|H M R||Endogenous||30||Rabbit IgG|
Western blot analysis of extracts from 293 cells, expressing either nontargeting shRNA (293 shNT) or shRNA targeting SirT5 (293 shSirT5), and HCT 116, Raw 264.7, and H-4-II-E cells using SirT5 (D8C3) Rabbit mAb (upper) or β-Actin (D6A8) Rabbit mAb #8457 (lower). 293 shNT and 293 shSirT5 cells were kindly provided by David Lombard, University of Michigan.Learn more about how we get our images.
For western blots, incubate membrane with diluted primary antibody in 5% w/v BSA, 1X TBS, 0.1% Tween® 20 at 4°C with gentle shaking, overnight.
NOTE: Please refer to primary antibody datasheet or product webpage for recommended antibody dilution.
From sample preparation to detection, the reagents you need for your Western Blot are now in one convenient kit: #12957 Western Blotting Application Solutions Kit
NOTE: Prepare solutions with reverse osmosis deionized (RODI) or equivalent grade water.
Load 20 µl onto SDS-PAGE gel (10 cm x 10 cm).
NOTE: Volumes are for 10 cm x 10 cm (100 cm2) of membrane; for different sized membranes, adjust volumes accordingly.
* Avoid repeated exposure to skin.
posted June 2005
revised November 2013
Reprobing of an existing membrane is a convenient means to immunoblot for multiple proteins independently when only a limited amount of sample is available. It should be noted that for the best possible results a fresh blot is always recommended. Reprobing can be a valuable method but with each reprobing of a blot there is potential for increased background signal. Additionally, it is recommended that you verify the removal of the first antibody complex prior to reprobing so that signal attributed to binding of the new antibody is not leftover signal from the first immunoblotting experiment. This can be done by re-exposing the blot to ECL reagents and making sure there is no signal prior to adding the next primary antibody.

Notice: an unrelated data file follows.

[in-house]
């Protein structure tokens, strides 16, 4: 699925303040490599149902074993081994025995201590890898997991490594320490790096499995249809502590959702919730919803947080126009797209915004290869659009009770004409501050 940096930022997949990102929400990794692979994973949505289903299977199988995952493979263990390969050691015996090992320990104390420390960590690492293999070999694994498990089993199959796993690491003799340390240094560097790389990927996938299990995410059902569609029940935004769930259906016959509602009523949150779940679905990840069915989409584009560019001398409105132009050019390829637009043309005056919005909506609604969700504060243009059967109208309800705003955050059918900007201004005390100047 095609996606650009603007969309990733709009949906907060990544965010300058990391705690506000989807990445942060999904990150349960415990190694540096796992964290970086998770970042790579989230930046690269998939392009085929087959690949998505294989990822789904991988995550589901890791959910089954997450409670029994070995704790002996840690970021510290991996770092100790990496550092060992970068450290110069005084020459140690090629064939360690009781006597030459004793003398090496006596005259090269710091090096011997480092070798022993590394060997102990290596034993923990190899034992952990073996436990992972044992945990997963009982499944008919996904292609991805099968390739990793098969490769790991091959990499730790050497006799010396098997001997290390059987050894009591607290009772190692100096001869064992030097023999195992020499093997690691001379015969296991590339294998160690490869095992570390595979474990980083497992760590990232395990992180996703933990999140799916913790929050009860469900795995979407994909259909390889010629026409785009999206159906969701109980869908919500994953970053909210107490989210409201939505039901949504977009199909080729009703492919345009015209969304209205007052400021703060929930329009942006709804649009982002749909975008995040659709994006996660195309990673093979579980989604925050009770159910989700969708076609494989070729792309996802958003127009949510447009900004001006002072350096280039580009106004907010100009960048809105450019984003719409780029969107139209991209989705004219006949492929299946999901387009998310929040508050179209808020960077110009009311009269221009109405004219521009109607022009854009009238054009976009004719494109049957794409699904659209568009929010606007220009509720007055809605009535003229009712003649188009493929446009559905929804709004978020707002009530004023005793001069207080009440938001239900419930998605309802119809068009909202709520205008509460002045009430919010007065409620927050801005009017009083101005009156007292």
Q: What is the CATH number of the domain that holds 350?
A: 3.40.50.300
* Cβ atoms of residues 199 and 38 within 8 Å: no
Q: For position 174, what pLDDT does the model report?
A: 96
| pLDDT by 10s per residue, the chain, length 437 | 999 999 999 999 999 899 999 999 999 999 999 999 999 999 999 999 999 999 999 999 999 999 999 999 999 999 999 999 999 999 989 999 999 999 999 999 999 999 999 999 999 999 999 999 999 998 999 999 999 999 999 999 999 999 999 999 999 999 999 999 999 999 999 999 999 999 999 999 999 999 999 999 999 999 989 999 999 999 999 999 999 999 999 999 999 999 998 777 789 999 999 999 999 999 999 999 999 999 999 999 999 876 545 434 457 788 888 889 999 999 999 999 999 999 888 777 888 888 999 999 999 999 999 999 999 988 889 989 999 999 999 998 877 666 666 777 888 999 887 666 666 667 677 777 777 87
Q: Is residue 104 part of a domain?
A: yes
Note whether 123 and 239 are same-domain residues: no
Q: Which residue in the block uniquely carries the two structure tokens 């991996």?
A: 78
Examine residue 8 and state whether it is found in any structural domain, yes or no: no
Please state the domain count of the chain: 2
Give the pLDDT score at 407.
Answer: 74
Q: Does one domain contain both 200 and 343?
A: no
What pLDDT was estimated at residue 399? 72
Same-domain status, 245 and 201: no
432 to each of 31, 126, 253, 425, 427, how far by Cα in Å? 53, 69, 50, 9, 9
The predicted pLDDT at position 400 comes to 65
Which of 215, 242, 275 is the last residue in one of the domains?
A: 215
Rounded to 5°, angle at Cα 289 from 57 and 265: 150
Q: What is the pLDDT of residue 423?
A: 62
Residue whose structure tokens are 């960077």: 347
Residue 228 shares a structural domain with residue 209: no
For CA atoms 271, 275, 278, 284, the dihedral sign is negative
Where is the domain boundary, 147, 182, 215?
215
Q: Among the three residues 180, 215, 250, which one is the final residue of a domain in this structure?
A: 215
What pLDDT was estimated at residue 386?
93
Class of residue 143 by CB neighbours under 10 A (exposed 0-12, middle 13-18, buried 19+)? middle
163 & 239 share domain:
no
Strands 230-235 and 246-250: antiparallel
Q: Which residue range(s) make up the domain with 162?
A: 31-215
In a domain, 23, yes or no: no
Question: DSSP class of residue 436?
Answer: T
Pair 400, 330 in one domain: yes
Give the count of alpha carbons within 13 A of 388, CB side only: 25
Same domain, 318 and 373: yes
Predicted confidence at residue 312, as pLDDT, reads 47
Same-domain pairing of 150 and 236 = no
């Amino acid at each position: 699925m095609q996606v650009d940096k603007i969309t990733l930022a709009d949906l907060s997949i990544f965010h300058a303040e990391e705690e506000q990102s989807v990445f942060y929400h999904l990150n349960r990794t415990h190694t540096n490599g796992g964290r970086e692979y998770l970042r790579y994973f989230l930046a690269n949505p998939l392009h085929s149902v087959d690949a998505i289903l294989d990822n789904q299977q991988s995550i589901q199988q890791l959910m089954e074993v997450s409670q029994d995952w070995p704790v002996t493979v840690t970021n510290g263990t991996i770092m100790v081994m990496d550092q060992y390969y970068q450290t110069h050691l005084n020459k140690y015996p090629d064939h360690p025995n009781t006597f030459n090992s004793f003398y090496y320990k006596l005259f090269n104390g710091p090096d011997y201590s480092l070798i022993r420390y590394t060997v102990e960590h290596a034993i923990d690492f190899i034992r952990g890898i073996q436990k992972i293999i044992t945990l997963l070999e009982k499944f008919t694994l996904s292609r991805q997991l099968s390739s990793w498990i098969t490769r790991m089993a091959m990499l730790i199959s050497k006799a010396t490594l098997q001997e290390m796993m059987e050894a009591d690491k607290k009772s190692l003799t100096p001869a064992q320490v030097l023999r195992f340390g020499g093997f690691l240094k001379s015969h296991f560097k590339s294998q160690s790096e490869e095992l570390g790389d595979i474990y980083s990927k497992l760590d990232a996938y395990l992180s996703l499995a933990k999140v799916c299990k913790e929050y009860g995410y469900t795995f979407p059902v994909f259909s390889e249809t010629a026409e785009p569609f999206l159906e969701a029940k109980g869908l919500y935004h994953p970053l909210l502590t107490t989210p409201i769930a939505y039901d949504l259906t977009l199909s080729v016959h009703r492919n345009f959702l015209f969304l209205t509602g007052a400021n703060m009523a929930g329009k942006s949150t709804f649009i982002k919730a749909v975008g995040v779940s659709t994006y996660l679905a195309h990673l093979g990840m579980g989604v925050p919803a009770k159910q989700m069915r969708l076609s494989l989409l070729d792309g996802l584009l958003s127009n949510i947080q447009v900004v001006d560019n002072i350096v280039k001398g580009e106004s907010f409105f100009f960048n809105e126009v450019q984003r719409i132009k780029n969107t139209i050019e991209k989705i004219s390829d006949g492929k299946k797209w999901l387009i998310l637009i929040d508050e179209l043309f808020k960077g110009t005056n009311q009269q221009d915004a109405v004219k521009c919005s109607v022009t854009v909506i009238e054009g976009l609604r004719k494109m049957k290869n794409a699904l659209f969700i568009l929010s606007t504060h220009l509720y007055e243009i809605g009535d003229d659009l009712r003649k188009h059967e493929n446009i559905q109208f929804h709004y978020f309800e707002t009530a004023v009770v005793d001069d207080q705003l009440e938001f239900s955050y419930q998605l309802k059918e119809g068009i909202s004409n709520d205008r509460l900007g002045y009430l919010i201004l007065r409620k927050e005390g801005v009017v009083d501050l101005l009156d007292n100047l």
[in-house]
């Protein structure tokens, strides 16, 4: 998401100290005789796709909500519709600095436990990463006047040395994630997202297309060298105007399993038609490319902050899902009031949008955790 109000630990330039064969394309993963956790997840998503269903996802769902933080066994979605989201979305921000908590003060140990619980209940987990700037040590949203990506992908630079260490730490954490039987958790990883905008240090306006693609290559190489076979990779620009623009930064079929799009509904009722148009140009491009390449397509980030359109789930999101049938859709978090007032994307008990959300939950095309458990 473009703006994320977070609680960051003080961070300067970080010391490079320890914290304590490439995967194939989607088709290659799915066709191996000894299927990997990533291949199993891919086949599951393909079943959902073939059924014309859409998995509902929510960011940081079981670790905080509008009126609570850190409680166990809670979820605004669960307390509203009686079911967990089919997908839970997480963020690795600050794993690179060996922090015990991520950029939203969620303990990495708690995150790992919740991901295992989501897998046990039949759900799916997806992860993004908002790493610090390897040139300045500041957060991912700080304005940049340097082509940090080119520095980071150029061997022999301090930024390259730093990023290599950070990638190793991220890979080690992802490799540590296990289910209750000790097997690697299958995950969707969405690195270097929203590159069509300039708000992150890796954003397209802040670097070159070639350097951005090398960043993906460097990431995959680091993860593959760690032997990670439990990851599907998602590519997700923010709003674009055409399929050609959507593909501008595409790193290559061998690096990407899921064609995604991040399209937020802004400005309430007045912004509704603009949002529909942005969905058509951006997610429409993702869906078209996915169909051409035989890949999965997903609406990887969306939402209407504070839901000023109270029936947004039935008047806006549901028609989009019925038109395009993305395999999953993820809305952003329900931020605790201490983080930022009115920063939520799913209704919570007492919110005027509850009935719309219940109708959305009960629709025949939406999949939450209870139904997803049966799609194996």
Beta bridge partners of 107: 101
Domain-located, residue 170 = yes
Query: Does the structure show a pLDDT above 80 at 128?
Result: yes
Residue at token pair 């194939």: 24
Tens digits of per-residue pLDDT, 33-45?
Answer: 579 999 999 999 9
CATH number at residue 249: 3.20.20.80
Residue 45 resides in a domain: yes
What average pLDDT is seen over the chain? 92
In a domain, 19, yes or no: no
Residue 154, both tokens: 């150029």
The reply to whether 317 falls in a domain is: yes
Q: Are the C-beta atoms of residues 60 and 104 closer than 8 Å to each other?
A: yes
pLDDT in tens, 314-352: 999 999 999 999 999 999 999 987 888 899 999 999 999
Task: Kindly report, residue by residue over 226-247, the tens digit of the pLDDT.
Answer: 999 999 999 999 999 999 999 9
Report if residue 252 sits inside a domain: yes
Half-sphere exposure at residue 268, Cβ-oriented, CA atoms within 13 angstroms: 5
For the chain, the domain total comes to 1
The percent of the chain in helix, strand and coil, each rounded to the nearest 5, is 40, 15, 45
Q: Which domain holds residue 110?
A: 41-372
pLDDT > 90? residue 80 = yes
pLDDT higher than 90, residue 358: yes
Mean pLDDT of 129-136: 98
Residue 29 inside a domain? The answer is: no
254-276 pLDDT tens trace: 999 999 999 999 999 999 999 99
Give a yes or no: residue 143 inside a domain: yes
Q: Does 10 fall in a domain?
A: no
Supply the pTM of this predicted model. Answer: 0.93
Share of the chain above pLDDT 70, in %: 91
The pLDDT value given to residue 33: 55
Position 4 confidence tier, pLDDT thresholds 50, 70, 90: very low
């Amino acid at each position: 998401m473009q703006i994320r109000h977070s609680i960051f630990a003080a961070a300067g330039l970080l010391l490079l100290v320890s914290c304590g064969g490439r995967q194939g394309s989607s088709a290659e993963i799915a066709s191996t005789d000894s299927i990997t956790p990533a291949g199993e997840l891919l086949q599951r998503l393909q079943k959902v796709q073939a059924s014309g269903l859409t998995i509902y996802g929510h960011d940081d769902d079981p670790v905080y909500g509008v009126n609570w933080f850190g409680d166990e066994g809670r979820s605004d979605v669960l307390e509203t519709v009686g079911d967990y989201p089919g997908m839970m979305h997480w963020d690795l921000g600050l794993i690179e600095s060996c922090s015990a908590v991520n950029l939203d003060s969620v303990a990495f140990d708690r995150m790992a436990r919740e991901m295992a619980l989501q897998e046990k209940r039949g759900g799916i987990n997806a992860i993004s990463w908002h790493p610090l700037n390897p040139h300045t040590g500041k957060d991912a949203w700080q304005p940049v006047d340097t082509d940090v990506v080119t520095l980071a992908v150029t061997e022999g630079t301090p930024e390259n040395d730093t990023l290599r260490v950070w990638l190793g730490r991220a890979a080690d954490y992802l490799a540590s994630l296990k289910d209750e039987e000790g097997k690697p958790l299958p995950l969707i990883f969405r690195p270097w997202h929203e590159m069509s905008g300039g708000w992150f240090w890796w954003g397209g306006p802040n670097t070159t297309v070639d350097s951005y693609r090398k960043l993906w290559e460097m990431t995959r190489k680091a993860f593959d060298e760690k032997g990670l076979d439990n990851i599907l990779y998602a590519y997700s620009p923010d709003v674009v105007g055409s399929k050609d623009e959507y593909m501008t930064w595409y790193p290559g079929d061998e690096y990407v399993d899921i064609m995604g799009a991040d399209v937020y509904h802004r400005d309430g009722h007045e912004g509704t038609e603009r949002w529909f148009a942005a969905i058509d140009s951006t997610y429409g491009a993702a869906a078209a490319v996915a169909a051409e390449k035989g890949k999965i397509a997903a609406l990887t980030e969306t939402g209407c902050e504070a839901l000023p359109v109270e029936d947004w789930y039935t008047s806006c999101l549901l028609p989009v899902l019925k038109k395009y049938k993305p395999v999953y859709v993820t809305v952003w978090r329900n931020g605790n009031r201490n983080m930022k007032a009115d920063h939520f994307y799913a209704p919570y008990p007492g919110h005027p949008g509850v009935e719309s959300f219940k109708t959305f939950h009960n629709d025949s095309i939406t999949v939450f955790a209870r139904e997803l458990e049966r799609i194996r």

NOTE: Prepare solutions with reverse osmosis deionized (RODI) or equivalently purified water.
posted June 2005
revised October 2016
Protocol Id: 10
Supplied in 10 mM sodium HEPES (pH 7.5), 150 mM NaCl, 100 µg/ml BSA, 50% glycerol and less than 0.02% sodium azide. Store at –20°C. Do not aliquot the antibody.
SirT5 (D8C3) Rabbit mAb recognizes endogenous levels of total SirT5 protein. This antibody does not cross-react with other sirtuin proteins.
Human, Mouse, Rat
Monoclonal antibody is produced by immunizing animals with a recombinant protein specific to the full-length human SirT5 protein.
The Silent Information Regulator (SIR2) family of genes is a highly conserved group of genes that encode nicotinamide adenine dinucleotide (NAD)-dependent protein deacetylases, also known as Class III histone deacetylases. The first discovered and best characterized of these genes is Saccharomyces cerevisiae Sir2, which is involved in silencing of mating type loci, telomere maintenance, DNA damage response, and cell aging (1). SirT5, a mammalian homolog of Sir2, is localized to the mitochondria and has been implicated in the regulation of cell metabolism (2,3). SirT5 deacetylates carbamoyl phosphate synthetase 1 (CPS1) in the mitochondrial matrix and increases its activity in response to fasting, allowing for adaptation to increased amino acid catabolism (4). SirT5 has also been shown to deacetylate cytochrome c in the mitochondrial intermembrane space (5). In addition to its deacetylase activity, SirT5 contains lysine desuccinylase and demalonylase activity (6,7). Succinyl-lysine and malonyl-lysine modifications occur in a variety of organisms and these post-translational modifications are found on many metabolic enzymes (6-8). Like phosphorylation of serine, threonine, and tyrosine residues, lysine succinylation and malonylation induces a change of two negative charges from a +1 to a -1 charge at physiological pH, and are thought to serve similar functions in the regulation of protein activity, protein-protein interactions, and protein stability. SirT5 knockout mice show increased levels of succinyl-lysine and malonyl-lysine protein modifications in the liver, including increased succinylation of CPS1, a known target of SirT5, suggesting that SirT5 functions to regulate metabolic enzymes through its deacetylase, desuccinylase, and demalonylase activities (6,7).
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|8782S||100 µl||$ 255.0|